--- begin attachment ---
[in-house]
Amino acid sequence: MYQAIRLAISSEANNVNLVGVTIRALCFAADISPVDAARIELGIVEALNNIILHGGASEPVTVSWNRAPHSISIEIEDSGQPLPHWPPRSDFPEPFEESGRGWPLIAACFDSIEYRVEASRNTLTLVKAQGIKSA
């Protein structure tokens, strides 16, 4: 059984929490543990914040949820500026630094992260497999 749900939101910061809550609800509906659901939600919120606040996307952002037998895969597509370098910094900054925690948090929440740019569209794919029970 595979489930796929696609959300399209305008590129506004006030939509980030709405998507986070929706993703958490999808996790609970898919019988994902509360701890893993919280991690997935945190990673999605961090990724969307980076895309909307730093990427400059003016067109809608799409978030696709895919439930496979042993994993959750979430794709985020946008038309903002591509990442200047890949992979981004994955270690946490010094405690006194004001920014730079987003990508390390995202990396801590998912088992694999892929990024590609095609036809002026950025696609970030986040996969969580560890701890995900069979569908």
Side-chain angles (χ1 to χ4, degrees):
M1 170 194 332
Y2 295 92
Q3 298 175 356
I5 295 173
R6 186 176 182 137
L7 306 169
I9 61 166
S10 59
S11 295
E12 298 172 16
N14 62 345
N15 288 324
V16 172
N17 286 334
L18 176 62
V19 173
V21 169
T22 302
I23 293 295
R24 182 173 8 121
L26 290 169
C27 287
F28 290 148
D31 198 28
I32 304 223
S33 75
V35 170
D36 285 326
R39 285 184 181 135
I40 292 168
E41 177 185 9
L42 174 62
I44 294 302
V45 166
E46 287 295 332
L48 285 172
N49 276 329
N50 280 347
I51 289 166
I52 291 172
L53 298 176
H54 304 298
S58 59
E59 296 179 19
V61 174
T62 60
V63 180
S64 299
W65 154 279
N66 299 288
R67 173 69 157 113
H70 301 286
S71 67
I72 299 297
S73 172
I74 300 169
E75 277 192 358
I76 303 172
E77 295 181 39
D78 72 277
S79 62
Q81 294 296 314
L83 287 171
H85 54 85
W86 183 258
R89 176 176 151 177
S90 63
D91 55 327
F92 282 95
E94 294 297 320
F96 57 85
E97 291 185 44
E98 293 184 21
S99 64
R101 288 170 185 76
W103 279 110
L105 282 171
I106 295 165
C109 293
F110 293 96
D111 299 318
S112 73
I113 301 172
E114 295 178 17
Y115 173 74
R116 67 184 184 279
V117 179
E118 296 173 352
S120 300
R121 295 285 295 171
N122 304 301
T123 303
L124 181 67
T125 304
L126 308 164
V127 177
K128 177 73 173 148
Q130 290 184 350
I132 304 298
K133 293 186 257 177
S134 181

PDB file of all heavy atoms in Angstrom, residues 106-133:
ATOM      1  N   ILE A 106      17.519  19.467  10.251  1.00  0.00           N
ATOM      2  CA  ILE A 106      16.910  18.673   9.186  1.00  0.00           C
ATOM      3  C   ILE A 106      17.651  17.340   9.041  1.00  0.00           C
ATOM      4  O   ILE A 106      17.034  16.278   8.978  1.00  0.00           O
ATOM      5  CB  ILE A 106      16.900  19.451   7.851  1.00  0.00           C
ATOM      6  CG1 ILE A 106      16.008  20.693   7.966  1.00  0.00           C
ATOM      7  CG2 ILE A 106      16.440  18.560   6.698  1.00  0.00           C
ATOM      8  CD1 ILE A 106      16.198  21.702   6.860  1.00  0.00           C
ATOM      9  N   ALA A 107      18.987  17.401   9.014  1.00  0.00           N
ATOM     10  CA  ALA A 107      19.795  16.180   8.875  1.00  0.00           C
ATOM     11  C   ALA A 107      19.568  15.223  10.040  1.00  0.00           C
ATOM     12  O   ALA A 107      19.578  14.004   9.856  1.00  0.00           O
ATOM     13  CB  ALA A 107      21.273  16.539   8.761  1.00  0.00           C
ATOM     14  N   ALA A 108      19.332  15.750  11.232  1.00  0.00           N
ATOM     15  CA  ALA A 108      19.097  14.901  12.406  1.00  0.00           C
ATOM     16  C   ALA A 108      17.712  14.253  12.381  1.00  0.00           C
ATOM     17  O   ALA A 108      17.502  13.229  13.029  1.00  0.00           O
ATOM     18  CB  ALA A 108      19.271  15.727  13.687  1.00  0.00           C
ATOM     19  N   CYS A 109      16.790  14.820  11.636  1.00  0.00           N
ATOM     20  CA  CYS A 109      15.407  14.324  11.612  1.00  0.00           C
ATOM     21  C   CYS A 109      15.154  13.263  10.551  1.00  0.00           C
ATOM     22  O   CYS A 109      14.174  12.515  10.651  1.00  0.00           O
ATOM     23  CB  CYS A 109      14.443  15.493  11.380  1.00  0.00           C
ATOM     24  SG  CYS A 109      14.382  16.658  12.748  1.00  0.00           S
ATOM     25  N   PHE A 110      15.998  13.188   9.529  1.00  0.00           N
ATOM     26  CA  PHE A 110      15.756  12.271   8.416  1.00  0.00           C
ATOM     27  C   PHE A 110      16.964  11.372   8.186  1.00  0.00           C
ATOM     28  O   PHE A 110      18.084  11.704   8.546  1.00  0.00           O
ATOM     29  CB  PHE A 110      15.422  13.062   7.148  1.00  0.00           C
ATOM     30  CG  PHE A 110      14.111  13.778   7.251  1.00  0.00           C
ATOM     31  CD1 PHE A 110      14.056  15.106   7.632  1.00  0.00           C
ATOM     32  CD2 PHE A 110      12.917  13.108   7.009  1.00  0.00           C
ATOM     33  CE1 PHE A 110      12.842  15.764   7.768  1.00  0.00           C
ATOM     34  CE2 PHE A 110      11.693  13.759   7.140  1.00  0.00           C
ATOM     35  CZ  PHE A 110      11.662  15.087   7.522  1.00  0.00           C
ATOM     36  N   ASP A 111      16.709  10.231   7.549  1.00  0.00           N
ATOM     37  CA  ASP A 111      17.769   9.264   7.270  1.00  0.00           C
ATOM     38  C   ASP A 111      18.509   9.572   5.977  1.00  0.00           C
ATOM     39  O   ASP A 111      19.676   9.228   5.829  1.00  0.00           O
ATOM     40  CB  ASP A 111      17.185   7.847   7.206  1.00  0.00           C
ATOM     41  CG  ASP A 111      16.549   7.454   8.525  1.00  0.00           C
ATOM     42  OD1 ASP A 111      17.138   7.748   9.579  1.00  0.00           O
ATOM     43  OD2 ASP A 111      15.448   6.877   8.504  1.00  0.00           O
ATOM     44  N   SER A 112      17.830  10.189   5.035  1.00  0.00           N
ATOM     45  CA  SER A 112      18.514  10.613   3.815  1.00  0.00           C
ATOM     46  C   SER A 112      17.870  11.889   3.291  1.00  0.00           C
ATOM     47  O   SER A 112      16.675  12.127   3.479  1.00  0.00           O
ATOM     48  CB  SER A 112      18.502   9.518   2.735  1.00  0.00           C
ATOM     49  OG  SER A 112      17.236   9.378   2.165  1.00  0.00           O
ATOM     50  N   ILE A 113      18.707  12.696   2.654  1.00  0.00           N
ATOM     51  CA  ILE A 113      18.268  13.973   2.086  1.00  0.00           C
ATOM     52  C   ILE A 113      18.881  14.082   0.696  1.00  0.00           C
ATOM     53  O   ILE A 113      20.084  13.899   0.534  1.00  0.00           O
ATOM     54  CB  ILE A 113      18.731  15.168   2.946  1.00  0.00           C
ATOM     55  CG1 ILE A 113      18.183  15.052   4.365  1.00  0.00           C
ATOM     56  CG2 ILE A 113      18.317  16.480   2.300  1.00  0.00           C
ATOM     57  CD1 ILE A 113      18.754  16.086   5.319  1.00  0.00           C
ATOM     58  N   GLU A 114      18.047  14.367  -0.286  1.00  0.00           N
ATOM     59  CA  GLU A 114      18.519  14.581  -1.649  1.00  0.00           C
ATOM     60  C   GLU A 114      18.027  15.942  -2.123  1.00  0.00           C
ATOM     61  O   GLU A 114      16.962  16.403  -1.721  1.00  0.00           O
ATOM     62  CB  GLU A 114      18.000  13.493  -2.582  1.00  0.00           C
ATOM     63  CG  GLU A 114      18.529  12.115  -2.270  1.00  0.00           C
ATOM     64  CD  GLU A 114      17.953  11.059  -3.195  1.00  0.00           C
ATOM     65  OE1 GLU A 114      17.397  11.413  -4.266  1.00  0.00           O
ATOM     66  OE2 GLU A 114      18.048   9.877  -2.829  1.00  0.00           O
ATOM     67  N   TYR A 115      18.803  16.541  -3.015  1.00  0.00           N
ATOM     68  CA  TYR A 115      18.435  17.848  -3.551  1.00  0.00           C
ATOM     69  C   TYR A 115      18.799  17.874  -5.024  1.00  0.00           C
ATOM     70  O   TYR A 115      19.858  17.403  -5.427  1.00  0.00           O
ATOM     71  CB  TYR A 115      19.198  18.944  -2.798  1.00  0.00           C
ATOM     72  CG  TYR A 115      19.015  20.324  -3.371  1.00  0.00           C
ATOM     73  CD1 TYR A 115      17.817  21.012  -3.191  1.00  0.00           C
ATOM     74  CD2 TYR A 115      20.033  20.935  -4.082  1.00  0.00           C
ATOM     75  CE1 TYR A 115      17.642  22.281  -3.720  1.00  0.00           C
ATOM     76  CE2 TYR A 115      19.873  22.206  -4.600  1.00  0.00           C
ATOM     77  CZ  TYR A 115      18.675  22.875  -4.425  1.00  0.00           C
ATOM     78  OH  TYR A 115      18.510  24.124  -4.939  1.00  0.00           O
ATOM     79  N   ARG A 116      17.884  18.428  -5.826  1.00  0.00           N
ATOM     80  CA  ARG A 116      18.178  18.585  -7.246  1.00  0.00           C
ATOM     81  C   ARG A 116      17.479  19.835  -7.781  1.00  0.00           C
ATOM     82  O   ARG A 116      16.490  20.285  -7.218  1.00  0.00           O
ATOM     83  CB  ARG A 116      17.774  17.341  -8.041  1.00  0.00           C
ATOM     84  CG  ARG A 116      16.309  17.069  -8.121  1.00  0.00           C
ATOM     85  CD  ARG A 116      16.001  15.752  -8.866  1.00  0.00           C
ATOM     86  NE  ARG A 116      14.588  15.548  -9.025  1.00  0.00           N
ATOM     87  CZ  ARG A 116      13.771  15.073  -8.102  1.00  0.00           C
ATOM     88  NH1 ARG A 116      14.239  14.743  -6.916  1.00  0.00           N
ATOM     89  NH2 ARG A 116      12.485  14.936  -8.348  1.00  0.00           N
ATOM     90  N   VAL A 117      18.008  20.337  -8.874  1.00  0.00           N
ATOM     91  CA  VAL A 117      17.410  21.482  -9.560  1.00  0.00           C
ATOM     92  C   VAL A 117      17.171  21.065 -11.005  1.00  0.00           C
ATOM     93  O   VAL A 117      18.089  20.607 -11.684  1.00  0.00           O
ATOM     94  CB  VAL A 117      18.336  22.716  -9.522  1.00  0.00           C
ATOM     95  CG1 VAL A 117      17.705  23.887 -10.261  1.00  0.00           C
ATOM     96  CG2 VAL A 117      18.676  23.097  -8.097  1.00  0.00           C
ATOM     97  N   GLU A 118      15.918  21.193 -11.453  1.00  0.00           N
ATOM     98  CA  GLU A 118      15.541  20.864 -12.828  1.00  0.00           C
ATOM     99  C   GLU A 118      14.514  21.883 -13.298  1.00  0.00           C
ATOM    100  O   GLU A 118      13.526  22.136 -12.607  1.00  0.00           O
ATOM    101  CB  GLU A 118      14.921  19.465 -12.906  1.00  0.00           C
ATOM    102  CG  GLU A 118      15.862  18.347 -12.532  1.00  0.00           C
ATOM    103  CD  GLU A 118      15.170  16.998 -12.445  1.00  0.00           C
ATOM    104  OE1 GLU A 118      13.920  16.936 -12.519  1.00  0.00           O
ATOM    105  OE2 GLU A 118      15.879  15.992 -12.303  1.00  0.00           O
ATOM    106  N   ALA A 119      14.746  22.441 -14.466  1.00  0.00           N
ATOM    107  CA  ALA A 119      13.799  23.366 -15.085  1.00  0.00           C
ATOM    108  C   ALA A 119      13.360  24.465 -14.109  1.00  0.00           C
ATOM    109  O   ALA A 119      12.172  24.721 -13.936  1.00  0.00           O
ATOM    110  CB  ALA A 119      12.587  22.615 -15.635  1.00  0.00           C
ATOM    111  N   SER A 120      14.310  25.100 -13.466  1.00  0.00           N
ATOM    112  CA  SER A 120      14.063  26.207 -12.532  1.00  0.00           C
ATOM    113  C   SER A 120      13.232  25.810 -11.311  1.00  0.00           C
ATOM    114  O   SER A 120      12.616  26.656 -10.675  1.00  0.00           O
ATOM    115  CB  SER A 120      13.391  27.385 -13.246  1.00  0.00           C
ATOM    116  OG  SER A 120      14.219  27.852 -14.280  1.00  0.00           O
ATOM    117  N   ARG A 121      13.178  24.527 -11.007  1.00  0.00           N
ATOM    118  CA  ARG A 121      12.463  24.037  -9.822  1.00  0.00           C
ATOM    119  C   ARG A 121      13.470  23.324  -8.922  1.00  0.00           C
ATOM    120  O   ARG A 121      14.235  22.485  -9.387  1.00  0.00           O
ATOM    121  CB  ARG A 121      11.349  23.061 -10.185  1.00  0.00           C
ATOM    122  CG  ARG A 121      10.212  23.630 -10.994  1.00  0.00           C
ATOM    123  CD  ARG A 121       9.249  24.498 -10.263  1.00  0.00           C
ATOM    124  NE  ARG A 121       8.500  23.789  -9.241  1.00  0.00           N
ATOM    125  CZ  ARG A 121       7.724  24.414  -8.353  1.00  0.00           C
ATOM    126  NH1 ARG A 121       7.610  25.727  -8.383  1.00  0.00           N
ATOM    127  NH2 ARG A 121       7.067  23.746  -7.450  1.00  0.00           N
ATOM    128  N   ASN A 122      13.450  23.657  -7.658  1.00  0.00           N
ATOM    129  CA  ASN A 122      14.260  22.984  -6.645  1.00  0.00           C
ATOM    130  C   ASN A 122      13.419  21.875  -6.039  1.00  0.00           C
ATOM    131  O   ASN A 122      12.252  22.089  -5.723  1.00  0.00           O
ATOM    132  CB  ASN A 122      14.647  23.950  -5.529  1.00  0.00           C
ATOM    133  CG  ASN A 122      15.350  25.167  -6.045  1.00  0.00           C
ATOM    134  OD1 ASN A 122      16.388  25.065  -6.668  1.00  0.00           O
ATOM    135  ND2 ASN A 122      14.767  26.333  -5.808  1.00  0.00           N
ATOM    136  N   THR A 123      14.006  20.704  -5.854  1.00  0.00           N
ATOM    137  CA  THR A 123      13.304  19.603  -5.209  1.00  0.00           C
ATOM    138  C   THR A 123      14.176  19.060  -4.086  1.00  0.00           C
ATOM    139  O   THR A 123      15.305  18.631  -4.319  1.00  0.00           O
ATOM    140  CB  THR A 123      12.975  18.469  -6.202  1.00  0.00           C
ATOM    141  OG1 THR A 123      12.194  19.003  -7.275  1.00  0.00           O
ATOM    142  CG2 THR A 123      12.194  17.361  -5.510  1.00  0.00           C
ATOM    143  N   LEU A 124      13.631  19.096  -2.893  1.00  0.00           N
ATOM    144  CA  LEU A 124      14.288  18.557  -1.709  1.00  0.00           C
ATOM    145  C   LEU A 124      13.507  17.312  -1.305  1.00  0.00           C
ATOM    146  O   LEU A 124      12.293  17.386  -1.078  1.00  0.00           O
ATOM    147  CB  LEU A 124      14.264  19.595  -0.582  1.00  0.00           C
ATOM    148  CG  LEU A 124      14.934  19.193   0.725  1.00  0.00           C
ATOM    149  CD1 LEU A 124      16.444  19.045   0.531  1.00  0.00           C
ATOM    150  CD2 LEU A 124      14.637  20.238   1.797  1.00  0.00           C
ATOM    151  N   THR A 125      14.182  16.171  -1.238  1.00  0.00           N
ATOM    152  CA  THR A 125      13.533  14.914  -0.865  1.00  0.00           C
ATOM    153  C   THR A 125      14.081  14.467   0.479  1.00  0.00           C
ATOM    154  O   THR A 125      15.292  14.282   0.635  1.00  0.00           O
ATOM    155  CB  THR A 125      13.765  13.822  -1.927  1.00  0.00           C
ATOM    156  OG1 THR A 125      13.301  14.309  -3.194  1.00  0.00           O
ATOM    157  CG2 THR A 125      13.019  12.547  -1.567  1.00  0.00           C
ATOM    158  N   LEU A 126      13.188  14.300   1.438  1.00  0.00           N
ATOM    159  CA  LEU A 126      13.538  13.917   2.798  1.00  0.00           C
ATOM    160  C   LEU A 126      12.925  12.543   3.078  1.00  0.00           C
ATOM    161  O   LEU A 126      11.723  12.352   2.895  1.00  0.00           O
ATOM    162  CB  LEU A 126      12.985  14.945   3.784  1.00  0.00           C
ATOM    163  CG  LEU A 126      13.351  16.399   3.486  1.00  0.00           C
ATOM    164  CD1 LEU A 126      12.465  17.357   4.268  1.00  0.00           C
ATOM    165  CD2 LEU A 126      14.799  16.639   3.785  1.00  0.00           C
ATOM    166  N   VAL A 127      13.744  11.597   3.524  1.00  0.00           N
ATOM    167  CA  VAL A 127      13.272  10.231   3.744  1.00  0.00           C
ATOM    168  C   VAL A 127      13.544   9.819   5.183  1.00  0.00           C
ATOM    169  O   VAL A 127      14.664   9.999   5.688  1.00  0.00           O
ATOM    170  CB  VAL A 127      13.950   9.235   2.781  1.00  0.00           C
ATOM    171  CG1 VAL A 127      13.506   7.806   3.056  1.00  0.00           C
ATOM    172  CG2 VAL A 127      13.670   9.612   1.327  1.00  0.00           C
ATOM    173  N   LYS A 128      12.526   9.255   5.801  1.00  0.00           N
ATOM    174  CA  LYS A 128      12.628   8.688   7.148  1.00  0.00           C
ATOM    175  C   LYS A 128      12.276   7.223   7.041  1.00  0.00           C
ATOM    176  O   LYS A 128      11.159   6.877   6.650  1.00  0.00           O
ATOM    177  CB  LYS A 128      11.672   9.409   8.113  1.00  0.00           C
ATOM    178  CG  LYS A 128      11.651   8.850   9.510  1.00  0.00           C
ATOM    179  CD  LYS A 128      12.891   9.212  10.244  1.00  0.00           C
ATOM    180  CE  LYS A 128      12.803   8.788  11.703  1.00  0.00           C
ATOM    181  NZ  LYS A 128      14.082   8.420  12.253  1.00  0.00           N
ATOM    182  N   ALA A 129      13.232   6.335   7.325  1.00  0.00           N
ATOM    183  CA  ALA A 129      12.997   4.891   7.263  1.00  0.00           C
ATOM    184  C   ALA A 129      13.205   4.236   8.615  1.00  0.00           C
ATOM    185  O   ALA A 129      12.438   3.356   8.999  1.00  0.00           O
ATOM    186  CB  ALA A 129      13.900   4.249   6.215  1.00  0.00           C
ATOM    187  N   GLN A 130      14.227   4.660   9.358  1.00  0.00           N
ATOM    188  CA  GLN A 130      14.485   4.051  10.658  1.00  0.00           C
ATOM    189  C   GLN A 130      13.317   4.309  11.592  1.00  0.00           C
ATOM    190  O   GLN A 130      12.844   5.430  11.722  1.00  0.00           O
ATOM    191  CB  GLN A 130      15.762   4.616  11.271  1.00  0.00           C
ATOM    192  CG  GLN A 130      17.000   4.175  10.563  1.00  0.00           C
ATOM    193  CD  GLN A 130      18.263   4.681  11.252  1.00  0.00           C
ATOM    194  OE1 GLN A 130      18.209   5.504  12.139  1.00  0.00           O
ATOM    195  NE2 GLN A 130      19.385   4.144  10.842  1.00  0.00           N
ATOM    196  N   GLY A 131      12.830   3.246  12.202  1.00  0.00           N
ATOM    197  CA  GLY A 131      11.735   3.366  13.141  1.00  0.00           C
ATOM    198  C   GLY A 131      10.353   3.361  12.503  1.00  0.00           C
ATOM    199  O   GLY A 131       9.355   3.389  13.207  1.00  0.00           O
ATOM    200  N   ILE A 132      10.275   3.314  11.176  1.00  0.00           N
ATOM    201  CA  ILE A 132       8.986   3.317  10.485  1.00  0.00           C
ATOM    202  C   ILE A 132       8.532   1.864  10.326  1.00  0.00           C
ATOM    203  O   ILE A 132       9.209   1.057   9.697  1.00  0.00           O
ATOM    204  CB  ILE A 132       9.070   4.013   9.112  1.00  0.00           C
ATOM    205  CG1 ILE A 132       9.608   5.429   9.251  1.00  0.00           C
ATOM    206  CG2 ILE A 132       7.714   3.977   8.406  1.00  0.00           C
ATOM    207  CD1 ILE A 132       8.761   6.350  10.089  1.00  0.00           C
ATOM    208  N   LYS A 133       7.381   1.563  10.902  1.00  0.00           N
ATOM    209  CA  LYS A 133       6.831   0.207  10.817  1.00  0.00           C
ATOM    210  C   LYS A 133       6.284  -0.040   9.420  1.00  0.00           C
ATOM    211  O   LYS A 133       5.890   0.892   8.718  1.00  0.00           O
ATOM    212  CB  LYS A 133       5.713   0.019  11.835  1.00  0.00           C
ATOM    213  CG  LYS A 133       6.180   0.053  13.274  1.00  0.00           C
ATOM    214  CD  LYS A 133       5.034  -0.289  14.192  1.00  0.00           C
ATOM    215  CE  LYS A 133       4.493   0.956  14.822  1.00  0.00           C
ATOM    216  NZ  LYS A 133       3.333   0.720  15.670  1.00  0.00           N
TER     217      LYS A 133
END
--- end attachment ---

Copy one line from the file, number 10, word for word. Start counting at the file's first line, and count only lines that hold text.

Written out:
L7 306 169